WTO
The World Health Organization (WTO) recently announced the largest global trade deal in its history. After years of waiting for this deal to go through numerous negotiations, the WTO has finally passed legislation on the first world wide trade reform.

This deal took a whopping 19 years to be passed into law. After years of gridlock the reform became a major priority when food started stockpiling in India. The Indian government has long been against the deal because it simplifies customs regulations across the board. A deal brokered between the U.S. and India on the details of the agreement put the reform back in motion. All 160 members of the WTO had to agree to the deal in order for it to go through and it passed into WTO law on November 27, 2014.

This deal has brought attention to how the WTO should proceed without massive stalemates that last years. India previously stymied the trillion dollar reform due to a disagreement in trade subsidies. Because the WTO requires unanimity among all member states, it is no surprise that this is the first deal affecting global trade reform to pass in 20 years.

The “Bali package” as it is called is important because it boosts the ability for countries across the globe to trade more easily with one another. It decreases trade restrictions that inhibit poor countries from trading with wealthier nations.

Cecilia Malmstrom, WTO commissioner says, “Once in force, it will help developing countries better integrate into the global economy, intensify regional integration and lift millions out of poverty.” Both governments and businesses are expected to benefit from the deal. This multilateral trade agreement is expected to boost jobs as well providing millions of jobs across many countries.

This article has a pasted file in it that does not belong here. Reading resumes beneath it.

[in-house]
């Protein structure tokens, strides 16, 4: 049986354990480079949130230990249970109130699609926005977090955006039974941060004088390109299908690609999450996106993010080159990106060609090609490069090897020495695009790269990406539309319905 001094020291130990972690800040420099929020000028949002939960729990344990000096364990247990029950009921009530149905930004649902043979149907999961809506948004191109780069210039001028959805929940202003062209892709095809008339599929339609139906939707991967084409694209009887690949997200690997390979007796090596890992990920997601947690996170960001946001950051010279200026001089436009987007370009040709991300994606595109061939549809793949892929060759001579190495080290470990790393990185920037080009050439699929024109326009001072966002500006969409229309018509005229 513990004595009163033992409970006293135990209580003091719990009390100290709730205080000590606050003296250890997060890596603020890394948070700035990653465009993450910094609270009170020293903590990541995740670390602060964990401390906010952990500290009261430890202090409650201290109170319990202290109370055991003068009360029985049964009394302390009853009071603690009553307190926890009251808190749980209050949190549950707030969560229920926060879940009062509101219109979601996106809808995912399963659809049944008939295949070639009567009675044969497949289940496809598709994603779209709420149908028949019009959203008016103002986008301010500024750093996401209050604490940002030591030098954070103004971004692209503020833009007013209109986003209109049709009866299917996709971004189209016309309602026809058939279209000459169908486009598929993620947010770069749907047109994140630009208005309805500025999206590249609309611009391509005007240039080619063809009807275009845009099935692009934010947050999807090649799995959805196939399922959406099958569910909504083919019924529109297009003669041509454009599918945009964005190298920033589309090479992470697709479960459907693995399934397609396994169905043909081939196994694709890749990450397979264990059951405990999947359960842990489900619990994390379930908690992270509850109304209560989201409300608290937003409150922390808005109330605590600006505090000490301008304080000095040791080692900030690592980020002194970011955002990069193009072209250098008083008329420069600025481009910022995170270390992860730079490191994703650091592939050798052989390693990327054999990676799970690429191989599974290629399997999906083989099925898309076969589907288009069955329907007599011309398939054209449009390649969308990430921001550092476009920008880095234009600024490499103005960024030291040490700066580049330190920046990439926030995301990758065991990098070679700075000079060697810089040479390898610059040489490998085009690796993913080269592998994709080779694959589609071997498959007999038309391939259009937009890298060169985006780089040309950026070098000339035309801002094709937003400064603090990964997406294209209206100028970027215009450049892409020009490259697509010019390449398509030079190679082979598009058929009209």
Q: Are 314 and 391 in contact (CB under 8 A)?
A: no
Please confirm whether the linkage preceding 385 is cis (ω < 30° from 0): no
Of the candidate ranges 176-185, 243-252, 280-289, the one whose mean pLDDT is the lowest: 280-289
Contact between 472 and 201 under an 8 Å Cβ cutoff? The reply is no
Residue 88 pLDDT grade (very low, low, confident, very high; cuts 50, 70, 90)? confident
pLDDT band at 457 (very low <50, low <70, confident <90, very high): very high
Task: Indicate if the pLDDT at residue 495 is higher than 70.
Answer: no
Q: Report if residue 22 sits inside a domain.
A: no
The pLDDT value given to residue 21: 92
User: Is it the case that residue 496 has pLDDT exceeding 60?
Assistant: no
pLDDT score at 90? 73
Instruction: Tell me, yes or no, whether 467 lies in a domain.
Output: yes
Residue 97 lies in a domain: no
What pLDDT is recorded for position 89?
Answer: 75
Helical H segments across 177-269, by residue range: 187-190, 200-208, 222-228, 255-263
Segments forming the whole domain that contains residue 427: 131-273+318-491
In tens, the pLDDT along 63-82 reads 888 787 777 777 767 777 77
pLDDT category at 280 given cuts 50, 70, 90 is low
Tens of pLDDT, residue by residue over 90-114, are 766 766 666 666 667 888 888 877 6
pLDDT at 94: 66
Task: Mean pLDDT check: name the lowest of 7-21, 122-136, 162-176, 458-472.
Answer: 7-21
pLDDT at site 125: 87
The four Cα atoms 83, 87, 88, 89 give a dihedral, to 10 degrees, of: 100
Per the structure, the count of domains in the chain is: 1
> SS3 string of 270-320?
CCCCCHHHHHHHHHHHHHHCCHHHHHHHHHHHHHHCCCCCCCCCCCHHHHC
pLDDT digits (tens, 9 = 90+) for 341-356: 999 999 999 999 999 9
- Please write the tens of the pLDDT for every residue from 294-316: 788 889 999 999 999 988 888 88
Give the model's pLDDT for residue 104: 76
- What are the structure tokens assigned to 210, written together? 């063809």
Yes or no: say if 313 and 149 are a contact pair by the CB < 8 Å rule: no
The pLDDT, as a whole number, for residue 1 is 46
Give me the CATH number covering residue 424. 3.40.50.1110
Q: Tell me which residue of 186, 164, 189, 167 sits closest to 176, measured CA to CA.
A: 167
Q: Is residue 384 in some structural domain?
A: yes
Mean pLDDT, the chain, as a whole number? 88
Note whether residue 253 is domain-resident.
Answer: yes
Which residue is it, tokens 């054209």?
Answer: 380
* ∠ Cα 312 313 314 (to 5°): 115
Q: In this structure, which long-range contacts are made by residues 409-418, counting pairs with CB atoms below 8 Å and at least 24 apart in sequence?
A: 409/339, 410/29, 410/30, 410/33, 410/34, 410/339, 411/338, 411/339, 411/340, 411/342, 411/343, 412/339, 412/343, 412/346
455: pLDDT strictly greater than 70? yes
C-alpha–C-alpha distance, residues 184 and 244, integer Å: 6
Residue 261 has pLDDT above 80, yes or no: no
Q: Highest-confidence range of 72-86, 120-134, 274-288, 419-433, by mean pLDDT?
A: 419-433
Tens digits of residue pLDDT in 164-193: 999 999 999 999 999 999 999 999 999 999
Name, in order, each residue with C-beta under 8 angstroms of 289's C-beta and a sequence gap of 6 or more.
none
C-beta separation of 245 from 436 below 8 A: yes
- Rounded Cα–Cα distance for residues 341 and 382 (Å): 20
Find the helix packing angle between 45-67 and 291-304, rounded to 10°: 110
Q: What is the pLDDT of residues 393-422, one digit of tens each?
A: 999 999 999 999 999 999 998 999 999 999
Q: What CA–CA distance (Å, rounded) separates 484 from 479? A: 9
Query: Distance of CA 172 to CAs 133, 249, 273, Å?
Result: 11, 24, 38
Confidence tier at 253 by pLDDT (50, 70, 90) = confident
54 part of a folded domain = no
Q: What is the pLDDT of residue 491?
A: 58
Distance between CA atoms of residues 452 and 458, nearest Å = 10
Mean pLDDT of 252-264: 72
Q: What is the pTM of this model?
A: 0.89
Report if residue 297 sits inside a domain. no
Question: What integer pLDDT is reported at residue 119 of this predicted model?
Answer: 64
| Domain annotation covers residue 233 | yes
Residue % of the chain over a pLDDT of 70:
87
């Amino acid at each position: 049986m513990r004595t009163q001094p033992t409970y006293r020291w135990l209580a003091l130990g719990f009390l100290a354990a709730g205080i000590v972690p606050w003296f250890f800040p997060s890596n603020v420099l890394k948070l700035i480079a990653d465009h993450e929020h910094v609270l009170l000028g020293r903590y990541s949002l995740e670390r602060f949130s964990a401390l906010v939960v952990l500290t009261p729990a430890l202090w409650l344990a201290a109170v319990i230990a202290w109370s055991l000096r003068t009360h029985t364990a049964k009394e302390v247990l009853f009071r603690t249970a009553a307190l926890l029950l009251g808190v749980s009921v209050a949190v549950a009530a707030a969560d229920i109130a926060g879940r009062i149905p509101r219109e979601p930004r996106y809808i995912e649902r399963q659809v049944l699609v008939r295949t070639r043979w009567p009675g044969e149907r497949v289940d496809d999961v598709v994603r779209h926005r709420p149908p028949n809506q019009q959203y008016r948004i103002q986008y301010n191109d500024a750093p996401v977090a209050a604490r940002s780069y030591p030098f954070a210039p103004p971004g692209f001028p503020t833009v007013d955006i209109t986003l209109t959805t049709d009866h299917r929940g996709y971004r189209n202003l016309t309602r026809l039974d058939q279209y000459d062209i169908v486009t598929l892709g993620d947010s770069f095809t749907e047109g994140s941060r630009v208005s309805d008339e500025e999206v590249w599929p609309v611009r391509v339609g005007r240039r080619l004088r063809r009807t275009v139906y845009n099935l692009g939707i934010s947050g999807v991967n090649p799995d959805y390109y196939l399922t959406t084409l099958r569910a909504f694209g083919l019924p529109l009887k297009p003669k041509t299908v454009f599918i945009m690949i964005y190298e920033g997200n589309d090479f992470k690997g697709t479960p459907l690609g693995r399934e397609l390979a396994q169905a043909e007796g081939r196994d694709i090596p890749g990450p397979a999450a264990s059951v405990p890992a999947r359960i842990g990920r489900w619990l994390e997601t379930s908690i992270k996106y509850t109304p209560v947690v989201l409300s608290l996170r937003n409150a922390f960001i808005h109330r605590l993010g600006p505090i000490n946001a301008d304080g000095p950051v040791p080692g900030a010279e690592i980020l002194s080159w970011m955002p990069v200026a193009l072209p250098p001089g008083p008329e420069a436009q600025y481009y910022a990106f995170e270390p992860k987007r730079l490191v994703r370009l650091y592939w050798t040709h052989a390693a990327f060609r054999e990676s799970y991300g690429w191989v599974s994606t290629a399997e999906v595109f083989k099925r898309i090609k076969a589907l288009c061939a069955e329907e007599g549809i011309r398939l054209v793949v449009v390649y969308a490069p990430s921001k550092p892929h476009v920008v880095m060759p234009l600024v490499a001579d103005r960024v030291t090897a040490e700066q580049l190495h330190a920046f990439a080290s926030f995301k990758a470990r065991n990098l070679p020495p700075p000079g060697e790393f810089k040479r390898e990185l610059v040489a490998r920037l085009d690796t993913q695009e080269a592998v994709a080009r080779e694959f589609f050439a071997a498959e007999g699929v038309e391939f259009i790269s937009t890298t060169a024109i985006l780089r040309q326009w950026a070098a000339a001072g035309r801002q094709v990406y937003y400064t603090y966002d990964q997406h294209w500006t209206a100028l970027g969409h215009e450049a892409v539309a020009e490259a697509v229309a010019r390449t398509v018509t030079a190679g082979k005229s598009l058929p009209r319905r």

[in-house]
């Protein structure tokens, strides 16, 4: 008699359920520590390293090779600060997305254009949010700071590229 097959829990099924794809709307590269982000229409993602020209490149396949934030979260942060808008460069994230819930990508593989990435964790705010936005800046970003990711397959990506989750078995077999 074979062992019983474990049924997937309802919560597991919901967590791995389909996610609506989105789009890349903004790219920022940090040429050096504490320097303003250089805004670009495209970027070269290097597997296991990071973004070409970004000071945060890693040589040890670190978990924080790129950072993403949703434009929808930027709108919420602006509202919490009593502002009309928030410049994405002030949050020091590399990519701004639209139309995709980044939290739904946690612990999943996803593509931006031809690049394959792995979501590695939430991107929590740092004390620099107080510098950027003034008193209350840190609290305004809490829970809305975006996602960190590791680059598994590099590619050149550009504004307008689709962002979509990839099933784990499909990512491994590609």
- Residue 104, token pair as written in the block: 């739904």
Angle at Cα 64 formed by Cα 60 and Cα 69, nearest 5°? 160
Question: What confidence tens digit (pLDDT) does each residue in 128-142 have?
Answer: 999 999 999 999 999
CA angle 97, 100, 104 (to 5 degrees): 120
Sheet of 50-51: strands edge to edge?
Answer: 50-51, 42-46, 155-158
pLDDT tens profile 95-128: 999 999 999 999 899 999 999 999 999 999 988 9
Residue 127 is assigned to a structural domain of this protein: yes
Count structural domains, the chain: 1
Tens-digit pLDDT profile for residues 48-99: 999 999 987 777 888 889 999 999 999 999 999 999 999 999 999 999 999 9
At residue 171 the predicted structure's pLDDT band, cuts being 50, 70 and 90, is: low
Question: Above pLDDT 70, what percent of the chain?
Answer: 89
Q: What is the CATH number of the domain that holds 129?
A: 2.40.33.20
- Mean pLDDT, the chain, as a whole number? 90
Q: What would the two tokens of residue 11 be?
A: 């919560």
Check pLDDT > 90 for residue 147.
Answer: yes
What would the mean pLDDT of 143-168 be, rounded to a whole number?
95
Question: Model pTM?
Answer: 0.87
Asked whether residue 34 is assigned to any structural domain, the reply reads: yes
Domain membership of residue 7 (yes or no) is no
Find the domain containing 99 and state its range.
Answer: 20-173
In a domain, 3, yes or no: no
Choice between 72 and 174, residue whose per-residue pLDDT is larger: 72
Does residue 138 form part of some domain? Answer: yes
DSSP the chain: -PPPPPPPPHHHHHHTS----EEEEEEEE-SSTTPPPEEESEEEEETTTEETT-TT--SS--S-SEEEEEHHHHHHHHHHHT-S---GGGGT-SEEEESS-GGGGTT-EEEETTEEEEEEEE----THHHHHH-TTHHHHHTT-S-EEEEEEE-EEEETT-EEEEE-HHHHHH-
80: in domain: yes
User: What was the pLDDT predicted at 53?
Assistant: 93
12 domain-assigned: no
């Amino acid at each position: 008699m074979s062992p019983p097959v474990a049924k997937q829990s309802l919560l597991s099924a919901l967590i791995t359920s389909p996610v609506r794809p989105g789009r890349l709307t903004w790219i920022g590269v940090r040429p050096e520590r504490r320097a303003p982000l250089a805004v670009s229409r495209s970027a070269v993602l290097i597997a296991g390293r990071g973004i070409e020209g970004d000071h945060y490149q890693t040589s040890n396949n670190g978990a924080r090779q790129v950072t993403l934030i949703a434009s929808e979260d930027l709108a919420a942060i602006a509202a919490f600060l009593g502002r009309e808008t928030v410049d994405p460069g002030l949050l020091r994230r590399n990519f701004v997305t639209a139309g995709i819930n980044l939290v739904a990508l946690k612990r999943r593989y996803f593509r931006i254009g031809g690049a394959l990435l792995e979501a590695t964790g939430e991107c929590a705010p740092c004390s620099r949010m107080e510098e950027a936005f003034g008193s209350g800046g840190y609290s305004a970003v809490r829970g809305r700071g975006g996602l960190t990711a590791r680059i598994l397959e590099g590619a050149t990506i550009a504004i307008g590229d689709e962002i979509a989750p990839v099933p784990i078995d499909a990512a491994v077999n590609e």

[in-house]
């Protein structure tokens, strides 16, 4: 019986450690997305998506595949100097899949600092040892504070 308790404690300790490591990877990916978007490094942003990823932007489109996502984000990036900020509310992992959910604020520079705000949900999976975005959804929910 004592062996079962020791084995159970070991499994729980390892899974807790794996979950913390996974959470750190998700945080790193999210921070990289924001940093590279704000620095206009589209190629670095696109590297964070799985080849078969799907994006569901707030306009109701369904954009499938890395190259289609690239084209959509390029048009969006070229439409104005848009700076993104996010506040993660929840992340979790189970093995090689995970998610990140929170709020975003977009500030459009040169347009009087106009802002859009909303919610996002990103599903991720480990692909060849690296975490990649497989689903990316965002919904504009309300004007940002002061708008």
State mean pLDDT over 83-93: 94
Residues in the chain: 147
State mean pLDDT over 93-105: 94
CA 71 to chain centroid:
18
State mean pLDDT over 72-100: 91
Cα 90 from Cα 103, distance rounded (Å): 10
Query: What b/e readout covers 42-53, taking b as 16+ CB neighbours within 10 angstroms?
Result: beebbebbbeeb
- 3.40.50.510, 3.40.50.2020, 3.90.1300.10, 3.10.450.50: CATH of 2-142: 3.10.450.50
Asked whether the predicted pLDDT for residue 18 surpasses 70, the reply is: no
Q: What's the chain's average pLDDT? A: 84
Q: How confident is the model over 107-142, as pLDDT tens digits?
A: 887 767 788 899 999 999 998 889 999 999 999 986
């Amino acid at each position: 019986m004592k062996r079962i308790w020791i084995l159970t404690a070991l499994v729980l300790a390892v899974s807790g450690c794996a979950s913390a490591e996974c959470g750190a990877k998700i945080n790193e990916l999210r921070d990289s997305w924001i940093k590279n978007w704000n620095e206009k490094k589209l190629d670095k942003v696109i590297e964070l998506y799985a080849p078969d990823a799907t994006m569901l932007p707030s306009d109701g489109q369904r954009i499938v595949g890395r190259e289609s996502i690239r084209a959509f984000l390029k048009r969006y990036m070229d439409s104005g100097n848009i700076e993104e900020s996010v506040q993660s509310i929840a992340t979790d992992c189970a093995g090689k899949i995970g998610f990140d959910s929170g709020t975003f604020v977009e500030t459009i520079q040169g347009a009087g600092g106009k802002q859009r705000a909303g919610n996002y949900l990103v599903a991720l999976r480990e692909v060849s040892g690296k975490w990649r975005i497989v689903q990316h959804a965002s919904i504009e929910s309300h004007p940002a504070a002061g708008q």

The trade package will make it easier for countries to trade. India will still be allowed to stockpile food based on subsidy agreements. The consensus between India and the U.S. on the trade agreements was a welcomed relief and has allowed for the trillion dollar package to go through.

This deal comes at a critical hour for the global economy. As global inequality between the wealthy and poor countries of the world increases, this WTO reform should help out. The breakthrough should provide other opportunities to increase trade among WTO member states. Reforming global trade regulations will allow countries to benefit from international trade and to support domestic development as well.

– Maxine Gordon

Sources: International Business Times, Reuters, Asia One
Photo: BBC